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In the CSS Positioned Layout Module Level 3 (Working draft) in chapter 6.2. Sticky positioning we have this definition: (Emphasis mine)

A stickily positioned box is positioned similarly to a relatively positioned box, but the offset is computed with reference to the nearest ancestor with a scrolling box, or the viewport if no ancestor has a scrolling box.

What are these scrolling boxes?

Further down the document there is an issue about the term scrolling boxes

Issue 6 Sticky positioning should really be defined in terms of the nearest scrollable ancestor, but there is currently no such term defined elsewhere in CSS. CSSOM View refers to "scrolling boxes." CSS Overflow has yet to pull in the relevant text from CSS Box, and CSS Box has an old, confusing definition of "flow root" which is almost (but probably not quite) what we want here. This spec refers to "flow root," since that’s the closest thing currently specced somewhere, but this is not optimal.

Does anybody know, where I can find further information (this draft is from May 2016)? I especially want to switch on or off, if a box is a scrolling box or not.

1
  • Scrolling box I would imagine is something with overflow: auto (or related) and has content that exceeds its bounds, therefore triggering scrollbars.
    – alex
    Apr 9 '19 at 11:46
3

As @alex said a scrolling box is a box where the value of overflow is set to a value different from visible (the default one). I cannot confirm but I concluded this based on this previous answer where overflow is creating some issues with sticky element.

As I explained there, if you have an element with overflow:hidden as an ancestor of the position:sticky this one will stop working because its offset will be calculated based on that box (with overflow:hidden) because it's the nearest ancestor with a scrolling box. Since we used hidden we cannot scroll this box so we cannot see the sticky behavior.

Here is a basic example:

.wrapper {
  height:200vh;
  border:2px solid;
}
.wrapper >div {
  position:sticky;
  top:0;
  height:20px;
  background:red;
}
<div class="wrapper">
  <div></div>
</div>

In the below example, the viewport will be used for the reference because we have no scrolling box. Now let's add overflow to the wrapper:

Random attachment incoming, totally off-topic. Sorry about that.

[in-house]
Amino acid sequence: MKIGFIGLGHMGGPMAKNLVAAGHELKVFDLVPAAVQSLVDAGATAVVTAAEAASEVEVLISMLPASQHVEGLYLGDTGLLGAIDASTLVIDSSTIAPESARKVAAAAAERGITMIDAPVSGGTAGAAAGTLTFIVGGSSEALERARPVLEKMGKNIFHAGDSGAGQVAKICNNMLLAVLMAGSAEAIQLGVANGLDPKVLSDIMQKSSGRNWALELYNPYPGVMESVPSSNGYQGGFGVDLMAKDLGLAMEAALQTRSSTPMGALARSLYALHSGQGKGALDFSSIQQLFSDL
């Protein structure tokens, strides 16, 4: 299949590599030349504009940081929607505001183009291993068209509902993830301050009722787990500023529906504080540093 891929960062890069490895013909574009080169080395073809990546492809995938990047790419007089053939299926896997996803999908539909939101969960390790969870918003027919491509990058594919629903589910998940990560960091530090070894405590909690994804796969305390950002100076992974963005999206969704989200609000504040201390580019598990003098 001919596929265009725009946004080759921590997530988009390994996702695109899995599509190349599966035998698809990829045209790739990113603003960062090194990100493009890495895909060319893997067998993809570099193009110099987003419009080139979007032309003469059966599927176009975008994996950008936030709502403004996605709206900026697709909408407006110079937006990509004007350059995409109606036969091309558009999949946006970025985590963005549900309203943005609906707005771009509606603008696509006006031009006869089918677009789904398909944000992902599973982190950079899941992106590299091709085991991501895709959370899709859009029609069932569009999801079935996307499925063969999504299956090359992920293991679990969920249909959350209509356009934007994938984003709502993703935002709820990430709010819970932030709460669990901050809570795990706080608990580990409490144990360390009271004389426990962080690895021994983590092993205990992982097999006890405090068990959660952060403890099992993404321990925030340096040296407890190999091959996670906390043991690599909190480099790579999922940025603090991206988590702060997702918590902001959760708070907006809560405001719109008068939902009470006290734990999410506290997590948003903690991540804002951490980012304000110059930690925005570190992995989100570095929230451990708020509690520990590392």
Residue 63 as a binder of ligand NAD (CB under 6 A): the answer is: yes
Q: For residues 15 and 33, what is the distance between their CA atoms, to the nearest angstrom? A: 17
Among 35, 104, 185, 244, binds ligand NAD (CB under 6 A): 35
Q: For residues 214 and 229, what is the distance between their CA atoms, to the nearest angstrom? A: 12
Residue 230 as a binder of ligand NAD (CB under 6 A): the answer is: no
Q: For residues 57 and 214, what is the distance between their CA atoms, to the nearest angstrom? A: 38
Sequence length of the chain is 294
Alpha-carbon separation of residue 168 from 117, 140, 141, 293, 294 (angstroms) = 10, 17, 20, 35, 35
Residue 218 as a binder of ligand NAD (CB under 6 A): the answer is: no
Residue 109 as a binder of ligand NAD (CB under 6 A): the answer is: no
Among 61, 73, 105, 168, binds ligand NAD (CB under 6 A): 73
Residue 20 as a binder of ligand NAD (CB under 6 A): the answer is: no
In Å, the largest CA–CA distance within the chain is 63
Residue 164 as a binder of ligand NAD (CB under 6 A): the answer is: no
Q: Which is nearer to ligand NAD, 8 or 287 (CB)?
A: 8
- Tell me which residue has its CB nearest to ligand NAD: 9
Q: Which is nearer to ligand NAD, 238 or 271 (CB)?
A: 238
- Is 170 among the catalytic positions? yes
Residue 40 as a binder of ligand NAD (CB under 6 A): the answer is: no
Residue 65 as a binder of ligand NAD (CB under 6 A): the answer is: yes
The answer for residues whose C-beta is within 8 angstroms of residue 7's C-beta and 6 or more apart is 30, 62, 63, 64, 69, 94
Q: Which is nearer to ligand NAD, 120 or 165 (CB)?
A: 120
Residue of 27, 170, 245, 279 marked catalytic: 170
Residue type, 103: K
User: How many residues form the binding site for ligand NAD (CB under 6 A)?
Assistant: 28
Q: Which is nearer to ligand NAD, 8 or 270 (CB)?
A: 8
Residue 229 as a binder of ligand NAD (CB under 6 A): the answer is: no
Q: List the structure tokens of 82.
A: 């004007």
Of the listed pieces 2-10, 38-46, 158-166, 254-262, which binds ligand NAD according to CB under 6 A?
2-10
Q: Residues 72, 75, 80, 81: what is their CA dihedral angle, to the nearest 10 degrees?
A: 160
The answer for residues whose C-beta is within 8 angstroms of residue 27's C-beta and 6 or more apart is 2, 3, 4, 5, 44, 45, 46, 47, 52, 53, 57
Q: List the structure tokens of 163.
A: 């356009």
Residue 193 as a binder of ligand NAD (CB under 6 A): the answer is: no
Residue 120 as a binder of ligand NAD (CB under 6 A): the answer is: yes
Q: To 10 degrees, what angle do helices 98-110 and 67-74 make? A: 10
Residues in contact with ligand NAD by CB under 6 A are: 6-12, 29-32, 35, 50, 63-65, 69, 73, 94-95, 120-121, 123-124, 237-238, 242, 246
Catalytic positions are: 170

.wrapper {
  height:200vh;
  border:2px solid;
  overflow:scroll;
}
.wrapper >div {
  position:sticky;
  top:0;
  height:20px;
  background:red;
}
<div class="wrapper">
  <div></div>
</div>

Now our sticky element will consider the wrapper for the reference but since we don't have any overflow, we won't have any scroll so there is no way to trigger the sticky behavior. Also scrolling the viewport will do nothing.

If you add some overflow by adding another element inside we can trigger the sticky behavior:

.wrapper {
  height:200vh;
  border:2px solid;
  overflow:scroll;
  position:relative;
}
.wrapper >div {
  position:sticky;
  top:0;
  height:20px;
  background:red;
}

.wrapper > span {
  position:absolute;
  top:100%;
  height:50px;
  left:0;
  right:0;
  background:blue;
}
<div class="wrapper">
  <div></div>
  <span></span>
</div>

We can clearly see how the scroll of the wrapper is controlling the sticky element and the scroll of the viewport is doing nothing thus we can conclude that our wrapper is the the nearest ancestor with a scrolling box


Considering the last issue in the specification we can also read that:

Sticky positioning should really be defined in terms of the nearest scrollable ancestor, but there is currently no such term defined elsewhere in CSS. CSSOM View refers to "scrolling boxes."

So probably a scrollable ancestor is the same as an ancestor with a scrolling box.

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  • I've fiddled a bit with overflow of the parent element of a sticky element and that parent's parent element. You can see here: codepen.io/HerrSerker/pen/MRJamY that only visible and other values (unset, initial) that effectively lead to visible overflow yield to the intended behavior. Only if the grand-parent has overflow:scroll or auto and the height is restricted, we get a sticky behavior against the grand-parent's scrolling box
    – yunzen
    Apr 10 '19 at 9:21

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